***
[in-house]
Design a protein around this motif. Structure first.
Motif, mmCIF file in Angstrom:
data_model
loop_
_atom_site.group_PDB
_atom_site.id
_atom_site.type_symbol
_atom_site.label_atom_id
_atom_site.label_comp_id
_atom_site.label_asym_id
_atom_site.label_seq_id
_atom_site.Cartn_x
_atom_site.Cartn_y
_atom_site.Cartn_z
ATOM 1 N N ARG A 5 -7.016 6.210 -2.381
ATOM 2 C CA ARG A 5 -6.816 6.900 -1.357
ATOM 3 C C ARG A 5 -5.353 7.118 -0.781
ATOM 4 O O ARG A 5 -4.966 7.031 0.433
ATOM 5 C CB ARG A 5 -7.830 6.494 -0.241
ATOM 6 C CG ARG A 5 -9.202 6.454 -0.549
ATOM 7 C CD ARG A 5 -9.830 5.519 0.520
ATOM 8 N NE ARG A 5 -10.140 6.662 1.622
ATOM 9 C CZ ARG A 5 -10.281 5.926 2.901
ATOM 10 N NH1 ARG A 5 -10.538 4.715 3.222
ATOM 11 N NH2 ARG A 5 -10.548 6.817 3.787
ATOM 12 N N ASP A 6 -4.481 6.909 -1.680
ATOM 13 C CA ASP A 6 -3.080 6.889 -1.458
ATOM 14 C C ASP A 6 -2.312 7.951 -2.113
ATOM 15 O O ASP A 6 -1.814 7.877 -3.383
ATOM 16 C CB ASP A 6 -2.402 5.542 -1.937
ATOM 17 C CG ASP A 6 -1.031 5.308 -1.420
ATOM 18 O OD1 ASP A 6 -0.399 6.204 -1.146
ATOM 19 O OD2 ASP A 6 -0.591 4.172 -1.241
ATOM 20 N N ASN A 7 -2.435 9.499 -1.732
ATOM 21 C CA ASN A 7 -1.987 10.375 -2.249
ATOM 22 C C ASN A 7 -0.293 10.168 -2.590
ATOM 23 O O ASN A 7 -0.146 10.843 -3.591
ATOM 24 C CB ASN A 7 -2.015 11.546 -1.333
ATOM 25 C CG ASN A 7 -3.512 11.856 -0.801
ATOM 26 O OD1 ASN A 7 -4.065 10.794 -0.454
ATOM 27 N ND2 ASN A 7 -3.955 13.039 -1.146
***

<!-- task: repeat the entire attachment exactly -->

[in-house]
Design a protein around this motif. Structure first.
Motif, mmCIF file in Angstrom:
data_model
loop_
_atom_site.group_PDB
_atom_site.id
_atom_site.type_symbol
_atom_site.label_atom_id
_atom_site.label_comp_id
_atom_site.label_asym_id
_atom_site.label_seq_id
_atom_site.Cartn_x
_atom_site.Cartn_y
_atom_site.Cartn_z
ATOM 1 N N ARG A 5 -7.016 6.210 -2.381
ATOM 2 C CA ARG A 5 -6.816 6.900 -1.357
ATOM 3 C C ARG A 5 -5.353 7.118 -0.781
ATOM 4 O O ARG A 5 -4.966 7.031 0.433
ATOM 5 C CB ARG A 5 -7.830 6.494 -0.241
ATOM 6 C CG ARG A 5 -9.202 6.454 -0.549
ATOM 7 C CD ARG A 5 -9.830 5.519 0.520
ATOM 8 N NE ARG A 5 -10.140 6.662 1.622
ATOM 9 C CZ ARG A 5 -10.281 5.926 2.901
ATOM 10 N NH1 ARG A 5 -10.538 4.715 3.222
ATOM 11 N NH2 ARG A 5 -10.548 6.817 3.787
ATOM 12 N N ASP A 6 -4.481 6.909 -1.680
ATOM 13 C CA ASP A 6 -3.080 6.889 -1.458
ATOM 14 C C ASP A 6 -2.312 7.951 -2.113
ATOM 15 O O ASP A 6 -1.814 7.877 -3.383
ATOM 16 C CB ASP A 6 -2.402 5.542 -1.937
ATOM 17 C CG ASP A 6 -1.031 5.308 -1.420
ATOM 18 O OD1 ASP A 6 -0.399 6.204 -1.146
ATOM 19 O OD2 ASP A 6 -0.591 4.172 -1.241
ATOM 20 N N ASN A 7 -2.435 9.499 -1.732
ATOM 21 C CA ASN A 7 -1.987 10.375 -2.249
ATOM 22 C C ASN A 7 -0.293 10.168 -2.590
ATOM 23 O O ASN A 7 -0.146 10.843 -3.591
ATOM 24 C CB ASN A 7 -2.015 11.546 -1.333
ATOM 25 C CG ASN A 7 -3.512 11.856 -0.801
ATOM 26 O OD1 ASN A 7 -4.065 10.794 -0.454
ATOM 27 N ND2 ASN A 7 -3.955 13.039 -1.146